Capt. George Jefferson Price, a retired Pan American World Airways pilot, adventurer and raconteur, packed a lot of living into a life that ended at 96 earlier this month, when he died at a Coral Gables, Fla., nursing home.
Price's professional ties to Baltimore were through Pan Am, which he joined in 1942 aboard flying boats and later as a first officer aboard the famed M-130, better known to travelers as the China Clipper, that was built at the Glenn L. Martin Co. plant in Middle River.
I met Price, an extremely congenial and interesting man, more than a dozen years ago.
He and another retired Pan Am pilot were invited by state transportation officials to come to Baltimore for the unveiling of a large model of the M-130 suspended from the ceiling of the international terminal at BWI Thurgood Marshall Airport.
The historic plane launched Pan Am's trans-Pacific service in 1935.
Price's son, George Jefferson "Jeff" Price III, an old friend and newspaper colleague, invited me to join him, the two pilots, and J. Fife Symington Jr., for a dinner he was hosting the night before the dedication at the Maryland Club.
I was overwhelmed by the aviation history that was spread around the dinner table that evening, which turned out to be a long one once the tales began flowing - no doubt stimulated with a little help from the Manhattans and martinis that graced the table.
I had no idea that Pan Am founder, Juan Trippe, while born in Sea Bright, N.J., had Southern Maryland roots that dated to the late 1600s.
Pan Am was founded in 1927 and originally flew a route with a Fokker Trimotor from Palm Beach and Miami to Key West and Havana. Trippe's partners included Marylander John A. Hambleton, a World War I ace and a scion of an old banking family, and Cornelius Vanderbilt Whitney.
Hambleton, who flew the line's inaugural flight to Panama with Charles Lindbergh, was 31 when he was killed in an air crash in 1931.
Symington, who was Hambleton's nephew and drawn to aviation because of his uncle's exploits, joined Pan Am in 1934 and three years later was named traffic manager when the line established its terminal, Harbor Field, on Colgate Creek, where today's Dundalk Marine Terminal now sprawls. The old facility was demolished several years ago.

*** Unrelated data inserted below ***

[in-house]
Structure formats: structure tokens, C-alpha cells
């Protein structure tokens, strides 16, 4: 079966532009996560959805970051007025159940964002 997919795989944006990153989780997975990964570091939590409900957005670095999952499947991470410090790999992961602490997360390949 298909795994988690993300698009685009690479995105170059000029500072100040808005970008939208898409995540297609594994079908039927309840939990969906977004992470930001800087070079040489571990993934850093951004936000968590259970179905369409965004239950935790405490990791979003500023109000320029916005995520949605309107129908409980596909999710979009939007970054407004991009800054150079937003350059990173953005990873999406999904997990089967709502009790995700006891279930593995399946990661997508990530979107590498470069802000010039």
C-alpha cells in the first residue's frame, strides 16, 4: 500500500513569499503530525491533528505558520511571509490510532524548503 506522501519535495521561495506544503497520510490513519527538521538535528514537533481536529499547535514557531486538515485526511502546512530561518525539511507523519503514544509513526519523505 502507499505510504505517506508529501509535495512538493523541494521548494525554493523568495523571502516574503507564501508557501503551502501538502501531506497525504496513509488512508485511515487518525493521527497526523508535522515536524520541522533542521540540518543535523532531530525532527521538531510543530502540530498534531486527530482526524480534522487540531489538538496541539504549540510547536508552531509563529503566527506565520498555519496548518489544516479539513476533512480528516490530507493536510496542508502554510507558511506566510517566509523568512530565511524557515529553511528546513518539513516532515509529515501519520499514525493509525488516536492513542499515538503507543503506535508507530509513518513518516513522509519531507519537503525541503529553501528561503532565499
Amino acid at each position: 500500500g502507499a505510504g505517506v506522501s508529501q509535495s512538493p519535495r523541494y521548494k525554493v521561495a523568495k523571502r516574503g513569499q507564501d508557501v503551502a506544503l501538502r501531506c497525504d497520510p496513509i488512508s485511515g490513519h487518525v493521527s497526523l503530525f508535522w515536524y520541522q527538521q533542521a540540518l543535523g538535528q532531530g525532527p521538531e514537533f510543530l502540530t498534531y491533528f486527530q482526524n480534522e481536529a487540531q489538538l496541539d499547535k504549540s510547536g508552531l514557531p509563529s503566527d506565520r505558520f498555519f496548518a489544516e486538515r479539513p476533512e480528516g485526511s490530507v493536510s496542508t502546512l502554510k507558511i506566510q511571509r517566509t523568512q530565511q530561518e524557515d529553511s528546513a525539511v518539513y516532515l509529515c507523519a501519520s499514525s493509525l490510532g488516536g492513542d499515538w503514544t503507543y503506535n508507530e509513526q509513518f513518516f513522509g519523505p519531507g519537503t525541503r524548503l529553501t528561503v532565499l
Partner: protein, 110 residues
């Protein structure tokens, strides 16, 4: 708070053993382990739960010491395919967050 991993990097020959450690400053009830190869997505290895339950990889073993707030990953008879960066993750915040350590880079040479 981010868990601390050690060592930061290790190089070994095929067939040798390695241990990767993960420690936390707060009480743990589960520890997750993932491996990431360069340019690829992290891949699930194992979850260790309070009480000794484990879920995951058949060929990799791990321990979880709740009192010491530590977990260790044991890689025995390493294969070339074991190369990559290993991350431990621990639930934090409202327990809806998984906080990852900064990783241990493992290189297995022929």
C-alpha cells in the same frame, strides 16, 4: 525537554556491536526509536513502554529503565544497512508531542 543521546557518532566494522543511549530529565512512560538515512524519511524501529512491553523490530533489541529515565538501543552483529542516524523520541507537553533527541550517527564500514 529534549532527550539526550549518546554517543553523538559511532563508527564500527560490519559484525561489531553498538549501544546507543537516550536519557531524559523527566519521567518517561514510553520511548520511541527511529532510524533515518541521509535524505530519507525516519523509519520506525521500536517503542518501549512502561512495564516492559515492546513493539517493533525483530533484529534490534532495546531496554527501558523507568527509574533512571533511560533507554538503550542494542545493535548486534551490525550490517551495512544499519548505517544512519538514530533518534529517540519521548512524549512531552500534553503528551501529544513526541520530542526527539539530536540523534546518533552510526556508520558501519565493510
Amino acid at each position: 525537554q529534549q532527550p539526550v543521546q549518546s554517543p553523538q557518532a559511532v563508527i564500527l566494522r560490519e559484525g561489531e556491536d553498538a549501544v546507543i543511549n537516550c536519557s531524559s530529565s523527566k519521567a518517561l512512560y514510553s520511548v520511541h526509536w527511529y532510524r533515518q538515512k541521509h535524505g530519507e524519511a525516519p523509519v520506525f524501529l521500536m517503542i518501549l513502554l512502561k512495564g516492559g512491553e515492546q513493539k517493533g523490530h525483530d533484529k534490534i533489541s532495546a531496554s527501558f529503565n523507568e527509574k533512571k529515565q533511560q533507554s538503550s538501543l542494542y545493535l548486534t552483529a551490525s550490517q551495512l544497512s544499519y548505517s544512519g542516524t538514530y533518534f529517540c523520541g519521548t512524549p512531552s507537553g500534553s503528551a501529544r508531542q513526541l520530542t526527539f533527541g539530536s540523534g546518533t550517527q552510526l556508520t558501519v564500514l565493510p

"Dad used to refer to them as 'those lazy rich boys sitting around the Chrysler Building,' where PAA had their executive offices," Price said, with a laugh.
Talk that evening naturally turned to the M-130, the plane that started it all, and a plane that the elder Price described as being "a most interesting plane to fly."
"It was the largest plane at the time that I'd ever been in," I recalled him telling me. "The cockpit was in an upper level with the passenger accommodation in the main fuselage. The plane was so large that the flight engineer could climb into the wing and make adjustments to the engine."
The China Clipper's official Martin Co. designation was M-130, and its chief designer was Guy Lee Bryan.
They were also known as Flying Clippers Nos. 7,8 and 9 or the China Clipper, Hawaii Clipper and Philippines Clipper. Boeing Aircraft built the next 13 clippers for the line.
For its day, the aircraft was a mammoth undertaking and at the time was the largest plane in the world. Several senior Martin engineers doubted the plane could be built, much less fly.
It was 90 feet, 7 inches long with a wingspan of a 130 feet. It weighed about 26 tons and was 25 feet high.
It was powered by a quartet of Pratt & Whitney 800-horsepower Wasp engines that reached an airspeed of 130 mph.
Its cruising range was 3,000 miles and its crew consisted of seven. The plane could transport 43 passengers in rather luxurious surroundings that were akin to traveling in that era by Pullman.
"There were several suites for sleeping, even a bridal suite. We had a full kitchen and everything," Price told The Sun when he returned to Baltimore in 2001, for a 10-year reunion of 1,500 former Pan Am employees.
Passengers could sip carefully stirred drinks aloft - especially the Clipper Cocktail, the plane's signature cocktail, that was delivered by stewards dressed in white jackets.
Dinner was no less an elegant experience, recalled Price. Passengers dined at tables covered in linen tablecloths, crisp napery, fine china, and silver goblets.
"It was an elegant craft capturing the aesthetic imagination and evoking the memory of the ships that gave the Clipper flying boats their names," wrote R. E. G. Davis, curator of air transport, Aeronautics Division of the National Air and Space Museum, in his book, "Pan Am: An Airline and its Aircraft."
In 1944, Pan Am sent Price, who also was a flight instructor and a spotter for German ships, to Puerto Rico, where he flew Sikorsky S-42 Clippers.
He was also aboard one of the two Pan Am Clippers that flew President Roosevelt from Miami to Morocco for the wartime meeting at Casablanca with British Prime Minister Winston S. Churchill.
The president, who secretly boarded one of the two planes, was listed on the passenger manifest as "Mr. X."
When the war ended, Price was assigned to Belgium, where he flew DC-3s. In 1948, Price and several other pilots "borrowed" a Pan Am DC-3 in Brussels, loaded it with supplies and made their own unauthorized flight in the Berlin Airlift.
The Russians had blockaded Berlin, and the airlift was flying in food, coal and much needed provisions to keep the civilian population fed, clothed and warm.
"They had violated the flying pattern which was for military aircraft with planes arriving and taking off every few minutes," his son said. "They were running out of gas and they had to let them land at Tempelhof. They became the only civilian and unauthorized aircraft to fly in the airlift."
After having flown 6 million miles during his 31-year career, Price was flying Boeing 707 jets when he retired in 1973.